Alec Hogg’s Inbox: Covid’s Third Wave has well and truly broken

There are more than 100 confirmed bookings for the Spring Biznews Investment Conference in the Drakensberg at the end of the month. Given the current limit on gatherings is 50, we’ve been considering all kinds of contingency plans. Hopefully they won’t be needed after what was contained in Stanlib chief economist Kevin Lings’ weekly raft of graphs that hit my inbox last night – especially the one republished above showing that Covid’s Third Wave has well and truly broken. That’s a trifecta of much needed good news for SA adding to the continued commodities boom and Saturday’s Springbok victory.

Had a good smile at community member Guy Whitcroft’s email which reminded me of a descriptive word that I last used in 2015 when the Zuptas were in full cry. Guy reckons not much has changed – he wrote:

One from me – a single word description of our government today: kakistocracy.

It might sound like a South African word due to the first 3 letters, but is, in fact, a few hundred years old being traceable to at least the seventeenth century and meaning, “a government that is ruled by the least suitableable, or experienced people in a state or country.”  A sad reflection of our times, indeed, and ironic that it has such an appropriate local connotation.

Here’s the dictionary link: https://dictionary.cambridge.org/dictionary/english/kakistocracy

My word of the year!

Another BizNews community member, Rod Hering, shared his personal experience when commenting on the Eskom CEO’s advice on how to beat the loadshedding blues. Rod writes:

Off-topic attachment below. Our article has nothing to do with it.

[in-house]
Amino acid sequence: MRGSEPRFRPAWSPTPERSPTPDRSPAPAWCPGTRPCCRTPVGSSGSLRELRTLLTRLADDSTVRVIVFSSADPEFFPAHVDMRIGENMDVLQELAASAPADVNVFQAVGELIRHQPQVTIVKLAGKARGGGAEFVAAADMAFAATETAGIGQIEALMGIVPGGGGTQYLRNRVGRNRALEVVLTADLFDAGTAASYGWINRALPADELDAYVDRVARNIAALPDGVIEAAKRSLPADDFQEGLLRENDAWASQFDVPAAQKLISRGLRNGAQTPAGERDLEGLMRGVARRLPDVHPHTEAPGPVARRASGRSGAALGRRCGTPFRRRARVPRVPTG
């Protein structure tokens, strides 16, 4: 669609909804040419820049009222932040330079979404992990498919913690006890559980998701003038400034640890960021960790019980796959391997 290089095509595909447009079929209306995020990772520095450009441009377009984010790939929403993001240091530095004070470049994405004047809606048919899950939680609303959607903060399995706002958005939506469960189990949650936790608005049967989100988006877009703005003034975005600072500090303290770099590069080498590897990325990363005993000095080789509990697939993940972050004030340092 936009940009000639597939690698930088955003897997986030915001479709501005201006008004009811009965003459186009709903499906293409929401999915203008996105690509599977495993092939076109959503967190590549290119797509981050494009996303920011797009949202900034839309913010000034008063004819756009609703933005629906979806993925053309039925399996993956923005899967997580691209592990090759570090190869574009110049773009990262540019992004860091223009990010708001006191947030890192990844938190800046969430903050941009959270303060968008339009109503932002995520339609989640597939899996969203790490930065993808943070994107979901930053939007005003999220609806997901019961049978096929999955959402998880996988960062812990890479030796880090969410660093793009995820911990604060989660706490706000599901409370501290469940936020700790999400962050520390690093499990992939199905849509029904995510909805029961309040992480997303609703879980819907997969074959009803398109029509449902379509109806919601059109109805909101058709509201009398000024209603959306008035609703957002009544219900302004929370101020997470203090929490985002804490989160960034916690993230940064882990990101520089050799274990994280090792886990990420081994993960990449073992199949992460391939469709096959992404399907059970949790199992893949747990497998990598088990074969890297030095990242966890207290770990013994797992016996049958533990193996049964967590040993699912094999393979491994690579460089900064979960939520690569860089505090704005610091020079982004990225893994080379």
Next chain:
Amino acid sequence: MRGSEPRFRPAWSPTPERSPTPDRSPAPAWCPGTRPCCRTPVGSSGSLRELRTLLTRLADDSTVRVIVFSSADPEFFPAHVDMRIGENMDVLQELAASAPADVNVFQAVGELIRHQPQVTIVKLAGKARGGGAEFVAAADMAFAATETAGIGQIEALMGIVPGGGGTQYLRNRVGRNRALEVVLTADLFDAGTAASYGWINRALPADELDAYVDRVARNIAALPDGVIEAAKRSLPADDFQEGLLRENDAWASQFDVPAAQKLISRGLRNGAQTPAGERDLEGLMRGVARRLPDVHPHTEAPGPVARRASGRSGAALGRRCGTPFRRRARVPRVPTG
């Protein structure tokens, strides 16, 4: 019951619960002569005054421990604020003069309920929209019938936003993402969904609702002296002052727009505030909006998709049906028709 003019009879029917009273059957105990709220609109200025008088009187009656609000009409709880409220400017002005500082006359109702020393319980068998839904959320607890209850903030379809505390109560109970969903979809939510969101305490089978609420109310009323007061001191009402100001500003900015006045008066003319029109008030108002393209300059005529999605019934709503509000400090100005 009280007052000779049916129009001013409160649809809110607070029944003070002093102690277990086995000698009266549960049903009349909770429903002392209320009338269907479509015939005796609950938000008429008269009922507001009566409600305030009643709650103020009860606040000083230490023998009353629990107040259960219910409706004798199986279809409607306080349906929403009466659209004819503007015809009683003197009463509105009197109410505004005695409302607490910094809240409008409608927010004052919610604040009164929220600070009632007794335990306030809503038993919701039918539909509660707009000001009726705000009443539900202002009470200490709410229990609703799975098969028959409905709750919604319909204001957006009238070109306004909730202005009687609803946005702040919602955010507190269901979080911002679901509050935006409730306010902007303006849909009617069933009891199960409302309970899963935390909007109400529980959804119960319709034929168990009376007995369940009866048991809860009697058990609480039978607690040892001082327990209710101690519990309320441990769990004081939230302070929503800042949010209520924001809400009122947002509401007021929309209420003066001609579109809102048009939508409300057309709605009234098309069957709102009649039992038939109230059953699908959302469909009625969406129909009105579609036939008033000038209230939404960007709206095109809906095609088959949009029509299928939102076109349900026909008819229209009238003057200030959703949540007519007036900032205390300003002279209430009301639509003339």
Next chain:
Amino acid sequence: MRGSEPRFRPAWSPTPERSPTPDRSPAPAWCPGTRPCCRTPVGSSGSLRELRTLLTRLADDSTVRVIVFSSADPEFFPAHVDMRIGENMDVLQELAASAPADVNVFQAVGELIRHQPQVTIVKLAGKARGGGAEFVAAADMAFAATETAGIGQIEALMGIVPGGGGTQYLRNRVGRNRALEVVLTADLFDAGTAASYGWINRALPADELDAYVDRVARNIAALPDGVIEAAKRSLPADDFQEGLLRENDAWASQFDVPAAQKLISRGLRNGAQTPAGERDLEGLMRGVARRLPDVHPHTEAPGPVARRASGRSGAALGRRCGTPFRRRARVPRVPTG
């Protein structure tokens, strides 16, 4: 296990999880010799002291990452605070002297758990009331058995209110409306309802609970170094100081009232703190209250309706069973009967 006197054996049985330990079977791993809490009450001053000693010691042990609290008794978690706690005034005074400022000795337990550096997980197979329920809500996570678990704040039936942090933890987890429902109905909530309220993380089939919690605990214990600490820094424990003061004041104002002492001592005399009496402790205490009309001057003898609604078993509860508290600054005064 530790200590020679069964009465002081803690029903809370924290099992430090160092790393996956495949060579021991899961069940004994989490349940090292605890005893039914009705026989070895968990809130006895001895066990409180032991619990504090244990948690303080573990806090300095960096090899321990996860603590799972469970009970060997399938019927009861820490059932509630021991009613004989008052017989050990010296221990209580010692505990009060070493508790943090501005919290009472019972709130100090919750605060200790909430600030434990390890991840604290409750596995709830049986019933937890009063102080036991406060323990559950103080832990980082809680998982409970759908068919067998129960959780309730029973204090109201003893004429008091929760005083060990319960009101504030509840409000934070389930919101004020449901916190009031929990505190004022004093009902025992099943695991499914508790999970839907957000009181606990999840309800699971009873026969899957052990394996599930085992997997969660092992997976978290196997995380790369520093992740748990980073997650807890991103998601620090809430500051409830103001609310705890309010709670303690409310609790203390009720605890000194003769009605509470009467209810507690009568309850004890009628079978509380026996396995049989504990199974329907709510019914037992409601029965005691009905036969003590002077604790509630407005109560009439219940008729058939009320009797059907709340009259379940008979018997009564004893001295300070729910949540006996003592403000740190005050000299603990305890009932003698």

I read with interest Andre de Ruyters’ comment on grid tied solar systems. I saw the writing on the wall where load shedding and electricity prices were heading. Three years ago I installed solar water heaters and a grid tied solar electricity generation system. I am probably 95% self-reliant. I have total immunity from load shedding, City Power infrastructure failures and ever increasing costs, as well as adding to the value and desirability of my home.

When calculating the ROI on the project I was looking at an 8 year amortisation. With the increases in price in the last three years it is now closer to 7 years. I know the man has to try and upsell his failed SOE, but even if he does manage to sort out their infrastructure problems, the cost of electricity is still going to sky rocket over the medium term.

Take a lesson from Zimbabwe and make yourself as independent as possible from the ESKOM supply .

There were quite a few responses to Andrew Harrison’s sharing of the lyrics to Bob Dylan’s masterful “Like A Rolling Stone“. Fascinating insights from Correio da Frota who wrote:

Andrew Harrison’s contribution last week, drawing a parallel between Dylan’s “Like a Rolling Stone” and the current state of the ANC is one way of heaping scorn on that organisation, although dear Edie Sedgwick, of whom the song was supposedly written, might throw up at the suggestion. Indeed, Dylan himself described the piece as originating as a long piece of vomit. Many love it though. The poor little rich girl, her fall from grace, the “chrome horse with your diplomat” (apparently a reference to Andy Warhol), and the Napoleon in rags, are powerful images.

Napoleon – now that’s pertinent! Our very own Napoleon and his miserable minions still present a challenge to the gendarmerie, but until he and his henchmen are ferried off to some faraway island, no serviceman, past, present or future, deserves the taste of Beef Wellington ever again.

Tex Lerena wrote:

I would make this Bob Dylan’s hit as the theme song for “Gatvol”!!!

Jamie suggested:

A song written by Stevie Wonder around 1976 called Village Ghettoland. So apt. Similar vein to Dylan. Give it a listen.

And Helene Vermeulen added:

That song really could have been specially written for the ANC of today. Well done Andrew Harrison for spotting it.

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